Changes in biogenic amine levels associated with the morphological and behavioural development of the worker honeybee are examined. A significant increase in amine levels in the head of the honeybee is associated with transition from the larval to pupal stage. Adult emergence is also accompanied by a significant increase in 5-HT levels in the brain, but no significant change in brain dopamine (DA) levels. NADA (N-acetyldopamine) levels increase during larval and pupal development, but in contrast to both DA and 5-HT, drop significantly during the transition from pupa to adult. Levels of DA in the brain of nectar and pollen forager bees, presumed to be among the oldest adults sampled, were found to be significantly higher than in nurses, undertakers or food storers. These results suggest that an age-dependent change in amine levels occurs in the brain of the worker bee. In the optic lobes, levels of DA and 5-HT were found to be significantly higher in pollen forager bees than in all other behavioural groups. Significant differences in amine levels in the optic lobes of nectar foragers and pollen foragers indicate that some differences in amine levels occur independent of worker age. The functional significance of differences in brain amine levels and whether or not biogenic amines play a direct role in the control of honeybee behaviour has yet to be established.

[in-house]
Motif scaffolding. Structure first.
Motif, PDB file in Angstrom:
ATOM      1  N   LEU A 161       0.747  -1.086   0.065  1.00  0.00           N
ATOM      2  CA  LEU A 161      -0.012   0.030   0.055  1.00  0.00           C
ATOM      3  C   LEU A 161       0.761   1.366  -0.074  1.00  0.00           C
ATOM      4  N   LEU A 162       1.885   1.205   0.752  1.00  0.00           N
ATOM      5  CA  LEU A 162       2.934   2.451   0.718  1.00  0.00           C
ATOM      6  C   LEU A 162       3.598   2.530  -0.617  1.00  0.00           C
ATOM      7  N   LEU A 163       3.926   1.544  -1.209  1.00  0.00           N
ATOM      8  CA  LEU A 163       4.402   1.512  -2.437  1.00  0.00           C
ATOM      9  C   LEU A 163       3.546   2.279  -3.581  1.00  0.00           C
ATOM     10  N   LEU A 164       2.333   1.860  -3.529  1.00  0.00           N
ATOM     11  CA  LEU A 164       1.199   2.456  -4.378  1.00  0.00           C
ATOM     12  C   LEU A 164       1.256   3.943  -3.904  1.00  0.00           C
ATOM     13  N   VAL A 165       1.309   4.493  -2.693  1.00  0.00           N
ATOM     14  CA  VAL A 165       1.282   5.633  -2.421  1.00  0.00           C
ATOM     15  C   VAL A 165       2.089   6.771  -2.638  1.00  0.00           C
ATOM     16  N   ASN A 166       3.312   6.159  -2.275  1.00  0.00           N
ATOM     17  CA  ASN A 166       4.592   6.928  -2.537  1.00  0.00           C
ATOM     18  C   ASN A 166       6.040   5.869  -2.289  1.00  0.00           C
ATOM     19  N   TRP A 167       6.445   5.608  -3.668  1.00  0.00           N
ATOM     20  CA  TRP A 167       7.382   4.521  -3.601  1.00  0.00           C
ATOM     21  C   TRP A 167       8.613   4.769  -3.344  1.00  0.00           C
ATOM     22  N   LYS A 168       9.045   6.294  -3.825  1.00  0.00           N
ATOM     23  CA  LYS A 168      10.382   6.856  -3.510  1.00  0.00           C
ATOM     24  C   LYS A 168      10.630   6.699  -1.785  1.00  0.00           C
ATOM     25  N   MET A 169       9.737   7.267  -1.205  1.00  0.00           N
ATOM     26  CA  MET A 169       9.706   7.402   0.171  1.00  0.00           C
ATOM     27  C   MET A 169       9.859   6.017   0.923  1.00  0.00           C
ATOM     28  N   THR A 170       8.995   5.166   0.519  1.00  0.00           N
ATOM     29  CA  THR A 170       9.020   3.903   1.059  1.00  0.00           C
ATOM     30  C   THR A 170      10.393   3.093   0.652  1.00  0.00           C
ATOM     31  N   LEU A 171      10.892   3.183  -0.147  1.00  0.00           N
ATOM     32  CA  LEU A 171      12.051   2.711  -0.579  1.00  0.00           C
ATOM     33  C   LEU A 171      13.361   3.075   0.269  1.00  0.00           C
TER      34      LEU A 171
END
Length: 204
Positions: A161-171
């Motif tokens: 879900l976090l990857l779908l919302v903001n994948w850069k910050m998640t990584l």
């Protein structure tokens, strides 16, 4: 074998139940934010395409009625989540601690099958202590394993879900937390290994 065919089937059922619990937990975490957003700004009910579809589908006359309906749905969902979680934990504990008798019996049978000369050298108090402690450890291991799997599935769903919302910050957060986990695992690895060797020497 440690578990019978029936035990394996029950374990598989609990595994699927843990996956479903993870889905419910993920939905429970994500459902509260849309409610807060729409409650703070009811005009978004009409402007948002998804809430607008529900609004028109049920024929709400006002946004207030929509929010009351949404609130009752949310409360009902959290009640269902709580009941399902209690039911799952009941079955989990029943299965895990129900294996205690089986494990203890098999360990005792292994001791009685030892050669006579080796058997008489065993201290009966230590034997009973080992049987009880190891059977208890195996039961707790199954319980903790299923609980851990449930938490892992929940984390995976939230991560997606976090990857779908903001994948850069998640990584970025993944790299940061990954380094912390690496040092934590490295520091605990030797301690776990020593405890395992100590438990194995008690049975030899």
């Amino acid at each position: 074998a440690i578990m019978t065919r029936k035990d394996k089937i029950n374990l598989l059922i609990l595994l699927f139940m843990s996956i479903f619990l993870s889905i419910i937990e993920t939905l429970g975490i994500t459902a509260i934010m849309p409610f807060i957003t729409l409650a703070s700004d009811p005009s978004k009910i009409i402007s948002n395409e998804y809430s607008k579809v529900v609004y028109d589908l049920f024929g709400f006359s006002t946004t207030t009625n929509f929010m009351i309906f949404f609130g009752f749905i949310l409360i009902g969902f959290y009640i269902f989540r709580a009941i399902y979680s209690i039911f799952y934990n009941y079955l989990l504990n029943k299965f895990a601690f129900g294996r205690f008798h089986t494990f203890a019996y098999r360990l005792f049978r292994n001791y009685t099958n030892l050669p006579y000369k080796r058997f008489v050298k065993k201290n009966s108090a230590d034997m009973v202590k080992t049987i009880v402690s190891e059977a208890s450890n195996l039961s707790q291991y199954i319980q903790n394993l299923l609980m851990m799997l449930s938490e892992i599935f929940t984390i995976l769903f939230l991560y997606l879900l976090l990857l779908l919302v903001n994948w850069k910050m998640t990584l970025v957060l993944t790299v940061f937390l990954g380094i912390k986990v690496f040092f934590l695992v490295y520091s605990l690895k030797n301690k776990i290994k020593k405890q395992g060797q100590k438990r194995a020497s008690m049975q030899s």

- Honeybee brain
ASJC Scopus subject areas
- Ecology, Evolution, Behavior and Systematics
- Animal Science and Zoology
- Behavioral Neuroscience